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Daphne Marlatt (1942-       )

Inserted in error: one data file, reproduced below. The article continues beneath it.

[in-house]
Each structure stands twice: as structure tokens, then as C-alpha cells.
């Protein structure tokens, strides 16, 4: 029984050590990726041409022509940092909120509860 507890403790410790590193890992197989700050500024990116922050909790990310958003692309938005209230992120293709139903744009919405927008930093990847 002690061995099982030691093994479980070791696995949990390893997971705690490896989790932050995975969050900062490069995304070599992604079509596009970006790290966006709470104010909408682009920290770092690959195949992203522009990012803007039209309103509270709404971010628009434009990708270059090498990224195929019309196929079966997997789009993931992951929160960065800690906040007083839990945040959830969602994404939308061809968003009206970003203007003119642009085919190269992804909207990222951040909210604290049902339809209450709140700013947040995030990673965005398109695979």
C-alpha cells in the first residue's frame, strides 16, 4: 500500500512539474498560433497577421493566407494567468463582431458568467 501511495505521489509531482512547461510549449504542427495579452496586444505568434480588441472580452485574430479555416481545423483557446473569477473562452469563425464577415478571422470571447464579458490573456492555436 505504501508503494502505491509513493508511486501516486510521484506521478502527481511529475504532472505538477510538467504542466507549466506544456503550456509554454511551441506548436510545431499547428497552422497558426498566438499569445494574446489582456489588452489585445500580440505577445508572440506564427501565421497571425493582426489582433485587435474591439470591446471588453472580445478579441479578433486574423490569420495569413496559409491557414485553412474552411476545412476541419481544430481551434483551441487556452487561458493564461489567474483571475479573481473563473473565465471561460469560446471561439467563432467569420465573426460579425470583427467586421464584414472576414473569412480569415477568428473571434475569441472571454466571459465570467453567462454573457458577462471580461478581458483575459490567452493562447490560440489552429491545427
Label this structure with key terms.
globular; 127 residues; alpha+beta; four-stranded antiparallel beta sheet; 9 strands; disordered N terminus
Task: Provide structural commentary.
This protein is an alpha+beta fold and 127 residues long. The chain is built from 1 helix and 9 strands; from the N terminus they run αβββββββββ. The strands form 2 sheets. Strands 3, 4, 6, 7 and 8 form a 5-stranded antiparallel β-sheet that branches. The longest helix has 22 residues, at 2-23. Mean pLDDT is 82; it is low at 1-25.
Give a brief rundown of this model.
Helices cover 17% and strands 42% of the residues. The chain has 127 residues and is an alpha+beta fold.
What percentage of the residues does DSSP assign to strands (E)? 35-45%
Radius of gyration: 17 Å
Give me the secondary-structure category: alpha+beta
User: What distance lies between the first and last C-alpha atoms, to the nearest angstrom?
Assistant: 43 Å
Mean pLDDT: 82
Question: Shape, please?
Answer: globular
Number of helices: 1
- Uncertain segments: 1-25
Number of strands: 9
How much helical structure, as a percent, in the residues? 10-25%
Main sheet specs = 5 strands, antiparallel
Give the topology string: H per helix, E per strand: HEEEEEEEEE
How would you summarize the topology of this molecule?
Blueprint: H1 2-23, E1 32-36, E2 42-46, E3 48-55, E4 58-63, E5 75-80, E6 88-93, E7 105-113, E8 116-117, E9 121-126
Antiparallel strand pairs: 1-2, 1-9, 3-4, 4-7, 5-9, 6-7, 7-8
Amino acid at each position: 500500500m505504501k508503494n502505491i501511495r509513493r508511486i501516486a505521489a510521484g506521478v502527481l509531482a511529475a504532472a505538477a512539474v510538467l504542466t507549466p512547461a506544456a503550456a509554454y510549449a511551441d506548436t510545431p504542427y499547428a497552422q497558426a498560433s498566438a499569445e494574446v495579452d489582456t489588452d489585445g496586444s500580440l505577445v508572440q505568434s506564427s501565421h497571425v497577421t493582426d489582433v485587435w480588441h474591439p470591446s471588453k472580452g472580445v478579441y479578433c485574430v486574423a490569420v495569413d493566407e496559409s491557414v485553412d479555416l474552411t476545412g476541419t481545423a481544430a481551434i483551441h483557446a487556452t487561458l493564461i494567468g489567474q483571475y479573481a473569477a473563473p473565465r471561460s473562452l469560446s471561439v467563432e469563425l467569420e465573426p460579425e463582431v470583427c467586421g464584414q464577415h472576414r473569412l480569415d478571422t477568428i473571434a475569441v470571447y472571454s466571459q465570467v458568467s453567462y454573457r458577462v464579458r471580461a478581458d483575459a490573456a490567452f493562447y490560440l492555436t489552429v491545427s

Born Daphne Buckle, to English parents, in Melbourne, Australia, Daphne Marlatt spent six post-war years in Penang, Malaya before emigrating to Canada (North Vancouver, B.C.) in 1951. She enrolled in English at U.B.C. in 1960, began to frequent the literary salons associated with TISH magazine, and became an editor by 1963 when the founders were dispersing to graduate studies at other universities. She completed her M.A. in Comparative Literature at the University of Indiana, Bloomington, in 1968. She returned to Vancouver in 1970. Some of her earlier work was published in the second series of Cid Corman's Origin and she was featured in Raymond Souster's New Wave Canada (1966), and published solo volumes shortly thereafter: Frames: of a story (1968) and Leaf/leafs (1969), which was published by Black Sparrow Press in Los Angeles. Marlatt has edited a number of literary journals including The Capilano Review, Periodics (devoted to works in prose), Island [Victoria] and the feminist journal Tessera. These experiments in language were followed by Rings (1971), Vancouver poems (1972), Steveston (1974), Our lives (1975), Zocalo (1977), What matters (1980), Net work (1980), Here & there (1981), How hug a stone (1983), Touch to my tongue (1984), Mauve (1985), character (1986), Ana historic (1988), Double negative (1988), Salvage (1991), Ghost works (1993), (1994) and This tremor love is (2001). She has also published books of non-fiction/memoir including Steveston recollected: a Japanese-Canadian history (1975) and Mothertalk: Life stories by Mary Kiyoshi Kiyooka (1999).